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Mkhwebane finds Mbalula, Zille violated ethics code

2018-12-19 23:02

Public Protector Busisiwe Mkhwebane has found both Western Cape Premier Helen Zille and former sports minister Fikile Mbalula guilty of violating the executive members’ ethics code.

Mbalula, who was sports minister between 2010 and 2017, was found guilty after a complaint was laid against him by DA MP Tshepo Mhlongo and the Afriforum Head of Anti-Corruption Unit, Monique Taute, in relation to a holiday trip that he and his family took to Dubai.

“I investigated allegations of a violation of the executive ethics code, conflict of interest as well as improper and/or irregular conduct with regard to what appeared to be an inappropriate funding or sponsorship for a family holiday trip to Dubai during the period December 28 2016 to January 3 2017,” Mkhwebane said during a media briefing on Wednesday.

Following the complaints by Taute and Mhlongo which were consolidated into one, an additional complaint on the minister’s trip was laid by former national spokesperson of the Congress of the People Youth Movement, Elias Muller, in October last year.

Mkhwebane said: “It was alleged that Mr Mbalula in his capacity as the minister of sport and recreation undertook a trip with his family for a vacation and that trip was sponsored by a private company named Sedgars Sports which at the time was conducting business with the South African Sports Confederation and Olympic Committee (Sascoc).”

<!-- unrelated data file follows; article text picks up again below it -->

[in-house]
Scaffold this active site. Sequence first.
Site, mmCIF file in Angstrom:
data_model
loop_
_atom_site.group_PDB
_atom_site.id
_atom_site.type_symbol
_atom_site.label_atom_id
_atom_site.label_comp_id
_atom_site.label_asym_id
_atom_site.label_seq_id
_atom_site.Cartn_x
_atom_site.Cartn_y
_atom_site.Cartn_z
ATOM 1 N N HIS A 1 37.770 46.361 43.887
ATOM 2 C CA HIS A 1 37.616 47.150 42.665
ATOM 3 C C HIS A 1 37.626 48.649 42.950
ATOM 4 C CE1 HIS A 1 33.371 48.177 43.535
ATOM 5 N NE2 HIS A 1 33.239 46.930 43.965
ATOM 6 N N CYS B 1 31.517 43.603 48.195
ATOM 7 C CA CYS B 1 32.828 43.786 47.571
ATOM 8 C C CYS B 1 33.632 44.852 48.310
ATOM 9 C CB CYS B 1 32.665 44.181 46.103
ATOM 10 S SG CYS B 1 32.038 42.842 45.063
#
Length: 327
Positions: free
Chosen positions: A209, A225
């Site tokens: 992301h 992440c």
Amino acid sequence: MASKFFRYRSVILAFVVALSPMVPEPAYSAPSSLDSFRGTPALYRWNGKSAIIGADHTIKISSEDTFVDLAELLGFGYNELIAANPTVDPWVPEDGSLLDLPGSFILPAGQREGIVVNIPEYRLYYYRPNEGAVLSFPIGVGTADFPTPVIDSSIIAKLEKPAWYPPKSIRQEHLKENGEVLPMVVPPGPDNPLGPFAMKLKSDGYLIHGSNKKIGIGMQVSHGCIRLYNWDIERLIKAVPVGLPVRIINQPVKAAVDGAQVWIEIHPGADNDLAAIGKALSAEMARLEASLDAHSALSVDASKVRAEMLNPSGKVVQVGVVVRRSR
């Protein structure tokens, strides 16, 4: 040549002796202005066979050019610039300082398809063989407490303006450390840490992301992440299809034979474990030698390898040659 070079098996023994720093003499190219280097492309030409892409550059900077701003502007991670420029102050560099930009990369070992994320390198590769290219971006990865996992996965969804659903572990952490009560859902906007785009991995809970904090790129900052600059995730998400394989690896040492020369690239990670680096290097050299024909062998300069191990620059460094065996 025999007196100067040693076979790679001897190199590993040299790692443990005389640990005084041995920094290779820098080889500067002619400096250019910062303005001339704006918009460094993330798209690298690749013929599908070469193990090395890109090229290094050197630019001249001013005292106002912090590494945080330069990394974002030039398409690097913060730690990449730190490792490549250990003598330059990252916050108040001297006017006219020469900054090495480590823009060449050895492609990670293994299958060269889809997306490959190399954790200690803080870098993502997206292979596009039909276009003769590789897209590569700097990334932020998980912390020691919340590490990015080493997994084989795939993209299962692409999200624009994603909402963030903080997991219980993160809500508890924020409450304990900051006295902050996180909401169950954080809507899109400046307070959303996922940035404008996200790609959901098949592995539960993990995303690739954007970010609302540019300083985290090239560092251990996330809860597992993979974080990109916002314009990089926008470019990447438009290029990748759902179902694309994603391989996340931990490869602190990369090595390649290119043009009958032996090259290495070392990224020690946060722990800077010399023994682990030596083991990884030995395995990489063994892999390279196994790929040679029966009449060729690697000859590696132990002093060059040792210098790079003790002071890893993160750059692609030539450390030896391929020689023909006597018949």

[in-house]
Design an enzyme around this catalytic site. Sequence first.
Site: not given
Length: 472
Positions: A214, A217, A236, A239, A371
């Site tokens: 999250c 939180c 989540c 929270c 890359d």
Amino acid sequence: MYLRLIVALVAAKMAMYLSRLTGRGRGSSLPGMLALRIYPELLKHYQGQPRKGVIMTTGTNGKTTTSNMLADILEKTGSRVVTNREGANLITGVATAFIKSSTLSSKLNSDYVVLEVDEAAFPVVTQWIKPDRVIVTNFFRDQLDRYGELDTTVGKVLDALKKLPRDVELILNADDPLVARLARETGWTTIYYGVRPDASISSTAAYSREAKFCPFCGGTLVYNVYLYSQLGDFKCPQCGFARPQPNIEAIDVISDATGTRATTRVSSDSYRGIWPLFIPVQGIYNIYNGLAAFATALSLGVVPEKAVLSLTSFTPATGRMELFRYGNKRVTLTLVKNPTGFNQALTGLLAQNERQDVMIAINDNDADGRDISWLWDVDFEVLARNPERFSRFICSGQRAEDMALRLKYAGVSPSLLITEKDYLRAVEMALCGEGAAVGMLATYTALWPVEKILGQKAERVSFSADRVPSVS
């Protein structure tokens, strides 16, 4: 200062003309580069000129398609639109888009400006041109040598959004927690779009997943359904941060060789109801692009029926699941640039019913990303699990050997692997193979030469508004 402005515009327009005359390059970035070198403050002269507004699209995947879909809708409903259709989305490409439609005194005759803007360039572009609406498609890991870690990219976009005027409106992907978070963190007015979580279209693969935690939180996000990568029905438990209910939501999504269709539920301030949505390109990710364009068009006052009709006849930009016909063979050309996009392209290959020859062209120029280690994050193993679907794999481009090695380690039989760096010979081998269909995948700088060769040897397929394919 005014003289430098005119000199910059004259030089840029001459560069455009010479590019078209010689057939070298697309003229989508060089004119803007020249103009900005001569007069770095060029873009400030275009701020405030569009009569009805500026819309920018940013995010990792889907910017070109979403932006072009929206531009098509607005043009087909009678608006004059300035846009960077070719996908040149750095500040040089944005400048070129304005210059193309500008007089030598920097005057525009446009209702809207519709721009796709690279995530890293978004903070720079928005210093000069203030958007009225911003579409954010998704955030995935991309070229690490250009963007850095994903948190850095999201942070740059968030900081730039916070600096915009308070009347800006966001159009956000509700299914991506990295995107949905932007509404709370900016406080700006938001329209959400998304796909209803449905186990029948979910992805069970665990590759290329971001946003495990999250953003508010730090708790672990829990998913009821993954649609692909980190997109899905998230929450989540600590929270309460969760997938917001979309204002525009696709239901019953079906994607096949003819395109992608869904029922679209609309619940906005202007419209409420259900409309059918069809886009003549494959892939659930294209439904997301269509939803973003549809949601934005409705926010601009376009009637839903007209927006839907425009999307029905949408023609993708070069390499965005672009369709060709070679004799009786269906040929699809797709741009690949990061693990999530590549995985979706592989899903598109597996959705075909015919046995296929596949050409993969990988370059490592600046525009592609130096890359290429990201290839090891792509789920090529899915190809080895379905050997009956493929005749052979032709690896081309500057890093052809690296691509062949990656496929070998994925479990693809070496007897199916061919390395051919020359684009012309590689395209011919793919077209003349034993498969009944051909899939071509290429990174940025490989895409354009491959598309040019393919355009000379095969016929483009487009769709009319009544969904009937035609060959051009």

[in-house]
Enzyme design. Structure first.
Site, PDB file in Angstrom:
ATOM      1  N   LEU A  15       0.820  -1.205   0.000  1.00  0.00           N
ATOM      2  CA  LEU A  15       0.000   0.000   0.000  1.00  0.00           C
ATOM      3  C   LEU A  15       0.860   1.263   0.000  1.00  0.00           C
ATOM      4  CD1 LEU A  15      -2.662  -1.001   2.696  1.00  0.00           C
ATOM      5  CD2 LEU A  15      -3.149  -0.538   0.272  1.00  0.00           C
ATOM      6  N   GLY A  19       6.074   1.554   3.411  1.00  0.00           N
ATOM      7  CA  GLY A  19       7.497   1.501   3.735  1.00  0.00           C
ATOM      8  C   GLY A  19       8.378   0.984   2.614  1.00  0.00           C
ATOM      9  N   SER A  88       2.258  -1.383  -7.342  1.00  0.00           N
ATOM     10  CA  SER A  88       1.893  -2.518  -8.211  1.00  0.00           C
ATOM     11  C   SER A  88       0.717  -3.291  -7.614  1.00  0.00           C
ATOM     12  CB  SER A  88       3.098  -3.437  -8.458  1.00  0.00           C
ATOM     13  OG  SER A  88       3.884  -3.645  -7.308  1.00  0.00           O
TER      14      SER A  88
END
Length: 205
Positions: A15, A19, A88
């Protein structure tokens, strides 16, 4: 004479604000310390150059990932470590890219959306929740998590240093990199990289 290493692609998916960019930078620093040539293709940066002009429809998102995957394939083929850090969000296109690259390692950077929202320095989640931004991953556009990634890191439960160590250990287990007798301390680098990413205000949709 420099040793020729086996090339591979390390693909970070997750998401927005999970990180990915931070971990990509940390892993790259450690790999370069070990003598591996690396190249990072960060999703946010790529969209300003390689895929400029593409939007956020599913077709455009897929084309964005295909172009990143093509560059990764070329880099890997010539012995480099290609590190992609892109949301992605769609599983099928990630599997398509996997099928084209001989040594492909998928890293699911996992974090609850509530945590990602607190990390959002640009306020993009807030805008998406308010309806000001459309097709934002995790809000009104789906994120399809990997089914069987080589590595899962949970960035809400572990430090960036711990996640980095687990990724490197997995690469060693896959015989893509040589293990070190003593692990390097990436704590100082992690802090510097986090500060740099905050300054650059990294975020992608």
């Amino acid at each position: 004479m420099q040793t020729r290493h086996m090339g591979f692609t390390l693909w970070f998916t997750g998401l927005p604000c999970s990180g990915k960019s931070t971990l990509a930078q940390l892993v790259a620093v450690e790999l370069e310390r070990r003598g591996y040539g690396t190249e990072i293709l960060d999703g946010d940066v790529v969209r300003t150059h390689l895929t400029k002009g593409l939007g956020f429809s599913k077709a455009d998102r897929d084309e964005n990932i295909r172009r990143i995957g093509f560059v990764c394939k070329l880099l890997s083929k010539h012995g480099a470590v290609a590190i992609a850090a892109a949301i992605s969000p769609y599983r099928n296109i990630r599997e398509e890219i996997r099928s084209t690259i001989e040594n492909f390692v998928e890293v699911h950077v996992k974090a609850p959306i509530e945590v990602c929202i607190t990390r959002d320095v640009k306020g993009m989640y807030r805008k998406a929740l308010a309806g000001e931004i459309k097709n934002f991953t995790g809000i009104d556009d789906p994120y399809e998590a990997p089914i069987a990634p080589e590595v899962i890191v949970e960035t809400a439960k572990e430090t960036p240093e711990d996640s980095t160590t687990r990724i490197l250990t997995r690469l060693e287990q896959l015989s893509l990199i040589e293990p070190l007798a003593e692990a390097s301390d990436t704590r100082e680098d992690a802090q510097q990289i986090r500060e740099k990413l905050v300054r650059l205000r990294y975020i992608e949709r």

Some of the allegations against Mbalula were that half of his trip – which cost about R680 000 – was paid for by Sedgars Sports through an inactive company known as Reimon Uniforms.

According to Mkhwebane, as a Member of Parliament and a member of the Cabinet at the time, it was alleged that Mbalula did not disclose the sponsorship of the trip in the Register of Member’s interests as is required in law and therefore violated the executive members’ ethics code.

“Upon analysis of the complaints, I decided to investigate whether there were any irregularities in the funding of Mr Mbalula’s trip to Dubai,” she said.

“Also under investigation was whether Sedgars Sports had indeed funded Mr Mbalula’s trip to Dubai during the time period aforementioned.”

Read: Public Protector says Zille must account for colonialism tweets

Similarly Zille was also found to have contravened the ethics code.

According to Mkhwebane, the Western Cape premier allegedly “actively supported a process which resulted in the procurement of computer tablets for use in certain schools in the Western Cape province which was initiated by Papervideo, an initiative co-founded by her son Paul Maree”.

In other words, Zille helped her son – who is a maths teacher in the province – to loan tablets from the department to be used in extra maths lessons for matric pupils.

In doing so Mkhwebane said Zille violated clause 2.3(f) of the code of ethics as she exposed herself to a situation involving the risk of a conflict between her official responsibilities and her private interests.

The Public Protector, however, said that even through Maree did not initially benefit financially from the project and that this was a project which immensely benefited the less fortunate communities, it did not take away from the fact that Zille had opened herself up to the possibility of a conflict of interest.

She also added that Maree had since registered the business and may have benefited as a result thereafter.

As a remedial recommendation, Mkhwebane ruled that President Cyril Ramaphosa must within 14 days after receiving her report submit a copy of the report and his comments on her findings to the National Council of Provinces.

“The chairperson of the National Council of Provinces must within 30 days of this report ensure that this report is processed in accordance with the applicable rules of the National Council of Provinces,” said Mkhwebane.

In response to Mkhwebane’s ruling, Zille said she would review the matter in court.

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September 15 2019